Human service practitioners provide direct and indirect client services. They assess clients’ needs, establish their eligibility for benefits and services, and help clients obtain them. They examine financial documents such as rent receipts and tax returns to determine whether the client is eligible for food stamps, Medicaid, welfare, and other human service programs. They also arrange for transportation and escorts, if necessary, and provide emotional support.
A sample of the tasks and responsibilities include and are not limited to:
- Monitor and keep case records on clients and report progress to supervisors and case managers.
- Transport or accompany clients to group meal sites, adult daycare centers, or doctors’ offices.
- Telephone or visit clients’ homes to make sure services are being received, or to help resolve disagreements, such as those between tenants and landlords.
- Help clients complete insurance or medical forms, as well as applications for financial assistance.
- Assist others with daily living needs.
Human service practitioners play a variety of roles in a community. They may organize and lead group activities, assist clients in need of counseling or crisis intervention, or administer a food bank or emergency fuel program. In halfway houses, group homes, and government-supported housing programs, they assist adults who need supervision with personal hygiene and daily living skills. They review clients’ records, ensure that they take correct doses of medication, talk with family members, and confer with medical personnel and other care givers to gain better insight into clients’ backgrounds and needs. Often time there is a need to provide emotional support and help clients become involved in their own well being, in community recreation programs, and in other activities.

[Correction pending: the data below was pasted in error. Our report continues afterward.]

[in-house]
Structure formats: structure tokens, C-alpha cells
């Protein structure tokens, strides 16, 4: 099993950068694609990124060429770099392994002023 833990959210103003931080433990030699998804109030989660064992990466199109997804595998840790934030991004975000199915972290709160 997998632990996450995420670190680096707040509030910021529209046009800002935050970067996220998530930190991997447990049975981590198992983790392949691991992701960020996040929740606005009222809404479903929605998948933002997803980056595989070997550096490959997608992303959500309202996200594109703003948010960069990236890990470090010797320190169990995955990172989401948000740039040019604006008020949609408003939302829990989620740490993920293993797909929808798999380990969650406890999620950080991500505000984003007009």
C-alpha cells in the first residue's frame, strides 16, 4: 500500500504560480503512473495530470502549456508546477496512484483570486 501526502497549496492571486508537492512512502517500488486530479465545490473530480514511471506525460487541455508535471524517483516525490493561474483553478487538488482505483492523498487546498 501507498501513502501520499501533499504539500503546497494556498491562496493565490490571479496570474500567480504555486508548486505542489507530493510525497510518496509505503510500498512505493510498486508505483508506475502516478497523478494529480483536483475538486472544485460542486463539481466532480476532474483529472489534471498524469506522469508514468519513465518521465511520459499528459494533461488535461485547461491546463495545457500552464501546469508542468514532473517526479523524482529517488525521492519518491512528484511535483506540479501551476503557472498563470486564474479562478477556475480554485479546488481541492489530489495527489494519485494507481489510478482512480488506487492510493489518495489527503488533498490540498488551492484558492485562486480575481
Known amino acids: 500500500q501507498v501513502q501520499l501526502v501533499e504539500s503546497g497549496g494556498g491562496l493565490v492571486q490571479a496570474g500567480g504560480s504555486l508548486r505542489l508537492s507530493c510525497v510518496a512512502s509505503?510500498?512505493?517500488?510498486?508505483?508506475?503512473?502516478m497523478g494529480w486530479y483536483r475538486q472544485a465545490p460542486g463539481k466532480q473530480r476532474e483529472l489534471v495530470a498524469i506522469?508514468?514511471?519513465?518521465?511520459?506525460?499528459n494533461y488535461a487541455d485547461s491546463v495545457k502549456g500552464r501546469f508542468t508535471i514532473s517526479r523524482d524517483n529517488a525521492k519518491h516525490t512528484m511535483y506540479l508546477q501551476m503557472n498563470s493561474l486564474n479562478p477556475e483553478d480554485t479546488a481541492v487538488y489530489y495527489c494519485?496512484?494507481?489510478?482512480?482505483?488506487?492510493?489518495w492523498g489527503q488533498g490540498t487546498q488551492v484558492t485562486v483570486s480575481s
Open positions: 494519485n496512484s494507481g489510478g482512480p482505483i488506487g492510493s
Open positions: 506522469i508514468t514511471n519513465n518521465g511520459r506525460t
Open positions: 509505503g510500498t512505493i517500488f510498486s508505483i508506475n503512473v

In psychiatric hospitals, rehabilitation programs, and outpatient clinics, human service practitioners work with professional care providers, such as psychiatrists, psychologists, and social workers to help clients master everyday living skills, to teach them how to communicate more effectively, and to get along better with others. They support the client’s participation in a treatment plan, such as individual or group counseling or occupational therapy.” (Occupational Outlook Handbook)